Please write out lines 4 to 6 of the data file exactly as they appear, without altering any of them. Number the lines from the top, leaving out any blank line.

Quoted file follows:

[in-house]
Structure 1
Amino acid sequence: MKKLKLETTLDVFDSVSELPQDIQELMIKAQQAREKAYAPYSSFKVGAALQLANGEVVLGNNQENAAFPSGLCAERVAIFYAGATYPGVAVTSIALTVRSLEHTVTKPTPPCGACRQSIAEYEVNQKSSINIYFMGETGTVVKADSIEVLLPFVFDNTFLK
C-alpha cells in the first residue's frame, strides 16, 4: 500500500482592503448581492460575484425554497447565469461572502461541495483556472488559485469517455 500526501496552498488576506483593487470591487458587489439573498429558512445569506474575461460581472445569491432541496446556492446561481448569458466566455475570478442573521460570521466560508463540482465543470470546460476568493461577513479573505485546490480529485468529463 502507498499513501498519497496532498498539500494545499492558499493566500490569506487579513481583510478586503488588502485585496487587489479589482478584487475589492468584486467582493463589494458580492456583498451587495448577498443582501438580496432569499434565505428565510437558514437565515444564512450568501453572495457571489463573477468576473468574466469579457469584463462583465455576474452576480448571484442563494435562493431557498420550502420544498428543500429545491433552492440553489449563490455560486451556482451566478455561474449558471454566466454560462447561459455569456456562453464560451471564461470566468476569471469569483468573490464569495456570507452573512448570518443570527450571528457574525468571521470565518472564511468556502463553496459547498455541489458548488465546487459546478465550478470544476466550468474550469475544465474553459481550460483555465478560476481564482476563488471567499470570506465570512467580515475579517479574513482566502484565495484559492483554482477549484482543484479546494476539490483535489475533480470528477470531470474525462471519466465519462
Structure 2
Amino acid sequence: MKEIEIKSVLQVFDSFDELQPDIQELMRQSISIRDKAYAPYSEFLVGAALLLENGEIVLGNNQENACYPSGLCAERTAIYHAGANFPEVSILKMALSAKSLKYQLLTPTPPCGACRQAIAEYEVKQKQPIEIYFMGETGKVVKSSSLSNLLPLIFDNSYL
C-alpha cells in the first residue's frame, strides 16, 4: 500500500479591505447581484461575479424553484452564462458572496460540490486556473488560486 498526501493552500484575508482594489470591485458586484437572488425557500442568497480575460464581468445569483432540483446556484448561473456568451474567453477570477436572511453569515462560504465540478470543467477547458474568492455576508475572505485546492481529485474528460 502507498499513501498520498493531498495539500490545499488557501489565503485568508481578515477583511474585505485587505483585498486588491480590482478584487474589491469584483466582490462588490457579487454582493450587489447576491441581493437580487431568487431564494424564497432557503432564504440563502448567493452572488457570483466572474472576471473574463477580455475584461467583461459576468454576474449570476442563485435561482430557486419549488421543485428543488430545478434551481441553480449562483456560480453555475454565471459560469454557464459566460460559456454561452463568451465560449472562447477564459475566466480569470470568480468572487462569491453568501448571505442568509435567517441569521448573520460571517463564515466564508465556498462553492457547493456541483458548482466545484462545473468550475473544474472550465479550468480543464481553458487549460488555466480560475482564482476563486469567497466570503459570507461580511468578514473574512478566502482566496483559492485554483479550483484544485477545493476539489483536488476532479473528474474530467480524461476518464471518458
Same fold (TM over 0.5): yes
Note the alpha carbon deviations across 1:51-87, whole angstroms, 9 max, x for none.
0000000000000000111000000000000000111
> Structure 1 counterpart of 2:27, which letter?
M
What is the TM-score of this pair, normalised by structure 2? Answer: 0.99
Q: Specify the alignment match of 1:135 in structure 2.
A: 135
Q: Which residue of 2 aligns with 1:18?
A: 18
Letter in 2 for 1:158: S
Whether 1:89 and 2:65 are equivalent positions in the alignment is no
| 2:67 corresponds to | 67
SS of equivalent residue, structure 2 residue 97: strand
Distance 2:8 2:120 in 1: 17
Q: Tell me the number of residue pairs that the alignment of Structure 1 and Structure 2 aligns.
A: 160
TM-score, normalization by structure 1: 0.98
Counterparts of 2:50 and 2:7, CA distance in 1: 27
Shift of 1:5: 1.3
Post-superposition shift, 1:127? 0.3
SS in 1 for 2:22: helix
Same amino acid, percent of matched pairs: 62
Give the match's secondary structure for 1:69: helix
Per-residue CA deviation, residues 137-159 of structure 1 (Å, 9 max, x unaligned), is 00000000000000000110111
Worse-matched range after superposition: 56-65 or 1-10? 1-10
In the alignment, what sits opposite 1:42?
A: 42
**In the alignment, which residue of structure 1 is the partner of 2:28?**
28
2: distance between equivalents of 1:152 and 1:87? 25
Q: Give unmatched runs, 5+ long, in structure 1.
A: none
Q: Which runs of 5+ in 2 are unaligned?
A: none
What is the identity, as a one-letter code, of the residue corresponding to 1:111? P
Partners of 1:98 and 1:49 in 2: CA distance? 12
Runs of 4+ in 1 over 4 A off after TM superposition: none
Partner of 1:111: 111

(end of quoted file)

C-alpha cells in the first residue's frame, strides 16, 4: 500500500482592503448581492460575484425554497447565469461572502461541495483556472488559485469517455 500526501496552498488576506483593487470591487458587489439573498429558512445569506474575461460581472445569491432541496446556492446561481448569458466566455475570478442573521460570521466560508463540482465543470470546460476568493461577513479573505485546490480529485468529463 502507498499513501498519497496532498498539500494545499492558499493566500490569506487579513481583510478586503488588502485585496487587489479589482478584487475589492468584486467582493463589494458580492456583498451587495448577498443582501438580496432569499434565505428565510437558514437565515444564512450568501453572495457571489463573477468576473468574466469579457469584463462583465455576474452576480448571484442563494435562493431557498420550502420544498428543500429545491433552492440553489449563490455560486451556482451566478455561474449558471454566466454560462447561459455569456456562453464560451471564461470566468476569471469569483468573490464569495456570507452573512448570518443570527450571528457574525468571521470565518472564511468556502463553496459547498455541489458548488465546487459546478465550478470544476466550468474550469475544465474553459481550460483555465478560476481564482476563488471567499470570506465570512467580515475579517479574513482566502484565495484559492483554482477549484482543484479546494476539490483535489475533480470528477470531470474525462471519466465519462
Structure 2
Amino acid sequence: MKEIEIKSVLQVFDSFDELQPDIQELMRQSISIRDKAYAPYSEFLVGAALLLENGEIVLGNNQENACYPSGLCAERTAIYHAGANFPEVSILKMALSAKSLKYQLLTPTPPCGACRQAIAEYEVKQKQPIEIYFMGETGKVVKSSSLSNLLPLIFDNSYL